Rielle Hunter sued former Edwards aide Andrew Young and his wife in 2010 over the tape and other personal items the couple said she left in a box of trash while they were helping her hideout as the former North Carolina senator ran for the White House. Hunter lived with the Youngs while she was pregnant with Edwards' baby, and Young initially said he was the father.
In the settlement, the Youngs agreed to give up their claim on the tape and other property, which has been held in the vault of a North Carolina courthouse. Hunter has long wanted the tapes destroyed.
"We are very pleased that this settlement achieved all that she had ever hoped to achieve with this lawsuit," said Allison Van Laningham, one of Hunter's lawyers.
A lawyer for the Youngs said they were pleased with the settlement.
"There were no `winners' as such, in that each side had returned back to it that which it believed was its own property, although it was mutually agreed that certain materials should, per the court's order, be destroyed," lawyer David Pishko said. "Notably, notwithstanding the outlandish efforts of Ms. Hunter's legal counsel to try to paint Mr. and Mrs. Young as liars and thieves, nothing could be further from the truth -- as is unequivocally evidenced by this settlement agreement."
The Youngs also agreed not to talk publicly about the tape or the other items, which include photos of Hunter in a bikini as well as picture of her with her child. There is also a tape of Frances Quinn Hunter's birth. She turns 4 years old on Monday.
The items also included a handwritten list of male names titled "The Slut Club." It was not clear in the settlement what the list was referring to.
The tape shows Edwards in a sexual encounter with a pregnant Hunter, who filmed the tape.
According to testimony in the lawsuit, the ribbon of tape had been pulled out of the cassette in an apparent attempt to destroy it. Andrew Young manually wound the tape back into the cassette so he couple play it in Hunter's video camera, which she had also left.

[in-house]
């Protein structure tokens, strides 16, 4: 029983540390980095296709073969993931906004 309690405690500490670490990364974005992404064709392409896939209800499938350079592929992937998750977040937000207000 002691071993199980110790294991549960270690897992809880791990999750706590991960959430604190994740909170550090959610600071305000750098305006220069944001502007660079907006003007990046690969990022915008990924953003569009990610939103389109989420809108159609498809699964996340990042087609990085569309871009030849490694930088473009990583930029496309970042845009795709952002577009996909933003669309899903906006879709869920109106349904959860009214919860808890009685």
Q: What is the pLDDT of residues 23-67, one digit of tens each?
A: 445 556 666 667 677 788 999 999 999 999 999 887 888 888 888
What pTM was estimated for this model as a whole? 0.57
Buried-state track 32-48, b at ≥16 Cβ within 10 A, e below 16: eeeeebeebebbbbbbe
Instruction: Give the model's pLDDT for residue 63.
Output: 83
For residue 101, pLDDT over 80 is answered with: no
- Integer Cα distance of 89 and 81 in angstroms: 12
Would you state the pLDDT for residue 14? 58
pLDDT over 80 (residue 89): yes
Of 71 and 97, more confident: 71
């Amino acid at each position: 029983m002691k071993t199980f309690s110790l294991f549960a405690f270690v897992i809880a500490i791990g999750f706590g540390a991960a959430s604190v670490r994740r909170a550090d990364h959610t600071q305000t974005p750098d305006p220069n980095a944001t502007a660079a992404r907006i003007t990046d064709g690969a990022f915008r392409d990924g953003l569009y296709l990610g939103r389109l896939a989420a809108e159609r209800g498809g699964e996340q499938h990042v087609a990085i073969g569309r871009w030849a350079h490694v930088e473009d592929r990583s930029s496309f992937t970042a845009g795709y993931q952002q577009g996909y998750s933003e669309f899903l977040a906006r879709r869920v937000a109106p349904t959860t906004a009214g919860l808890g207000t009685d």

Young said he kept the tape as security and proof of his story while declining large financial offers for the video.
"There's a reason nobody's ever seen the tape," Young said in February 2010 outside a courthouse after a hearing.
The settlement does not address a pending contempt of court case against the Youngs and two of their attorneys for providing copies of items that had been under seal to federal officials investigating Edwards for campaign finance violations. The Youngs' lawyers have said they turned over the items in response to a grand jury subpoena.
In the settlement, the Youngs pledged to seek the destruction of any copies of the sex tape that may now be in the possession of the federal government.
Hunter was hired as a videographer by Edwards' political action committee 2006. After she became pregnant, Andrew Young claimed paternity of the unborn baby and resigned from the campaign. Hunter then moved in with the Youngs at their home near Chapel Hill. After tabloids suspected Edwards was having an affair and photographers staked out the neighborhood, Hunter and the Youngs fled, staying in luxury homes and hotels while traveling in private jets while Edwards continued on the campaign trail.
Prosecutors have accused Edwards of using nearly $1 million from two wealthy campaign donors to pay for Hunter's care and travel while she was pregnant. He was indicted in June on six felony and misdemeanor campaign finance charges. He has pleaded not guilty, and his trial is on hold because he needs treatment for a heart condition.
Edwards dropped his White House bid in early 2008 as the sex scandal engulfed his campaign. He admitted the affair with Hunter but denied fathering her child. Only months later, did he acknowledge the baby was his.
Edwards' wife, Elizabeth Edwards, separated from her husband and died in December 2010, with her husband reportedly at her side.
Andrew Young is expected to be a star witness for prosecutors at Edwards' upcoming criminal trial.
Young's lawyer said nothing in the agreement will prevent him from taking the witness stand.
"It has been suggested that one purpose of this lawsuit was an effort to intimidate and harass Andrew and Cheri Young who are expected to be witnesses in the criminal prosecution of Ms. Hunter's paramour, John Edwards," Pishko said. "If that was in fact the case, it has failed miserably."